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Why COSHH Training is Important

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Why COSHH Training is Important

Working in healthcare can pose a variety of hazards, with 72,000 injuries taking place in the health and social care sector each year. To help guard against accidents, there are a variety of regulations in place which you’ll need to follow, including the Control of Substances Hazardous to Health (COSHH) regulations.

Understanding the ins and outs of regulations such as COSHH can be tricky, so to help you get to grips with what you need to do, we’ve compiled this quick guide to COSHH regulations. Read on below to learn more about what the regulations mean, why COSHH training is important, and what you need to do to comply.

 

What are COSHH regulations?

COSHH regulations are legal requirements for employers to protect staff from substances which could put their health at risk. For example, in a care home or hospital, this could mean protecting them from chemicals, drugs or bodily fluids.

These regulations are governed by the Health and Safety Executive (HSE), and are taken very seriously. Failure to comply with regulations could result in fines, or even imprisonment. In one case, for example, a company was fined a total of £100,000 and ordered to pay £30,000 costs, after they exposed employees to hazardous chemicals which caused serious skin problems.

Whichever branch of healthcare you work in, adhering to COSHH regulations is a must, and it’s important to ensure that everyone on your team is clued up on how COSHH affects their individual roles.

 

How to comply with COSHH regulations

Complying with COSHH regulations involves taking a number of steps, including:

  •          Identifying potential health hazards
  •          Carrying out risk assessments
  •          Providing measures (such as personal protection equipment) to keep risks to a minimum
  •          Ensuring that protective equipment is in good working order, and that it is used by all staff
  •          Providing training, instruction and information for staff and anyone else affected by the risk
  •          Providing monitoring and health surveillance if required
  •          Planning for emergencies

To comply with the law, you’ll need to keep a watchful eye on anything which could be a potential hazard. As part of this, you will need to monitor the products you buy and any potential hazards which could arise from their use.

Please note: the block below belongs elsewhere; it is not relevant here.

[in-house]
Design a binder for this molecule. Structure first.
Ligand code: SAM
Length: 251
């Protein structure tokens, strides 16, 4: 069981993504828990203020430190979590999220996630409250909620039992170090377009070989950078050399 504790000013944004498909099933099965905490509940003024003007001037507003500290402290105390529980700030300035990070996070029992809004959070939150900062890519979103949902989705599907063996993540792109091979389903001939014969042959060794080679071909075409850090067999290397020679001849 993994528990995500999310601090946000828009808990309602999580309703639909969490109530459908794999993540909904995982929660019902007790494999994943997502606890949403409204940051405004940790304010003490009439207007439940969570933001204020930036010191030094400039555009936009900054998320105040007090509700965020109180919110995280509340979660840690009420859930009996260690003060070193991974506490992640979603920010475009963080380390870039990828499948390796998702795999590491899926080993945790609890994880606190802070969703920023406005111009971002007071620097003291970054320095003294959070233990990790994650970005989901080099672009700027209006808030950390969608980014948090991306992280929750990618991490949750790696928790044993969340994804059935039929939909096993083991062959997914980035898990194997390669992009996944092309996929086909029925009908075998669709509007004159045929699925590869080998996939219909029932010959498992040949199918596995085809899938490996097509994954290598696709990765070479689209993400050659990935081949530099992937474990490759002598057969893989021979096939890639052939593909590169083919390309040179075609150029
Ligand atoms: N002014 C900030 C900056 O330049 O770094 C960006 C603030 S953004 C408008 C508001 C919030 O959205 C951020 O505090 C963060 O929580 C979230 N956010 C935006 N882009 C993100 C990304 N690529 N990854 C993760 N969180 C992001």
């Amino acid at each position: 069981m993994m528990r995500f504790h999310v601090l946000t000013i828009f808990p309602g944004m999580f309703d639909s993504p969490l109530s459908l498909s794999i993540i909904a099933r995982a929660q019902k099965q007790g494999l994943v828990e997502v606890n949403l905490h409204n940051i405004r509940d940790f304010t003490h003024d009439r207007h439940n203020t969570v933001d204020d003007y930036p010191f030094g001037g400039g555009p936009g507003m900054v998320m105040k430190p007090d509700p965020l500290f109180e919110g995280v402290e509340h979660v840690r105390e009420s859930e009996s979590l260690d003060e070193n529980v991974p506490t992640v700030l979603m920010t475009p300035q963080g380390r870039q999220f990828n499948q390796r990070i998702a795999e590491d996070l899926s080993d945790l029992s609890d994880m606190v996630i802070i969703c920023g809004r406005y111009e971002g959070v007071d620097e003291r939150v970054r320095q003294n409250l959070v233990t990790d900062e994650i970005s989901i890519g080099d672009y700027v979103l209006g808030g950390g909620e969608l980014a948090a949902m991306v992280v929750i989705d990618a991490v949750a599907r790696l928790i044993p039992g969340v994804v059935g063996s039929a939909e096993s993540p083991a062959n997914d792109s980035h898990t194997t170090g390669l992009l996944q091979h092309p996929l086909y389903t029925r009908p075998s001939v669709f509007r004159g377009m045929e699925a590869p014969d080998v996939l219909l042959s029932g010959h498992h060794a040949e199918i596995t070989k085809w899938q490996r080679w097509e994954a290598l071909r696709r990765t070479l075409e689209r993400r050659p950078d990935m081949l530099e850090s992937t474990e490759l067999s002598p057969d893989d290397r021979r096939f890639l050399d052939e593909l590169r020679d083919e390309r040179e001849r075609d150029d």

Staff who use chemicals with hazard warning labels as part of their roles will need to get training on what the labels mean (for instance, the difference between corrosive and toxic substances), as well as gaining an understanding of potential risks and necessary precautions to take.

Here at Care Shop, we publish COSHH sheets for all products which have the potential to cause hazards, so you can understand how each product fits into your COSHH compliance plans.

 

Why is COSHH training important?

As outlined above, one aspect of complying with COSHH regulations is the implementation of training for your staff. COSHH training is important for any member of staff who may face hazards in their role, for two main reasons.

Firstly, by providing training on how to use protective equipment such as gloves and safety glasses properly, you can rest assured that staff will feel confident in how to use them correctly, helping to keep the risk of accidents to a minimum.

Secondly, by training your wider workforce on the importance of monitoring hazards, you will be able to work as a team to identify hazards and handle them. New hazards can appear at any time, so by training up your team to a high standard, you’ll know that they’ll always be prepared to deal with any risks.

 

Protective equipment at Care Shop

Under the COSHH regulations, it is vital to provide your staff with protective equipment if they are likely to face hazardous substances. Here at Care Shop, we stock a variety of healthcare PPE supplies such as aprons, medical masks and safety goggles, along with a wide range of disposable gloves to suit all purposes. Next day delivery is free on orders over £75, so why not get prepared and stock up on everything you need?

 

Working in healthcare can pose a variety of hazards, with 72,000 injuries taking place in the health and social care sector each year. To help guard against accidents, there are a variety of regulations in place which you’ll need to follow, including the Control of Substances...

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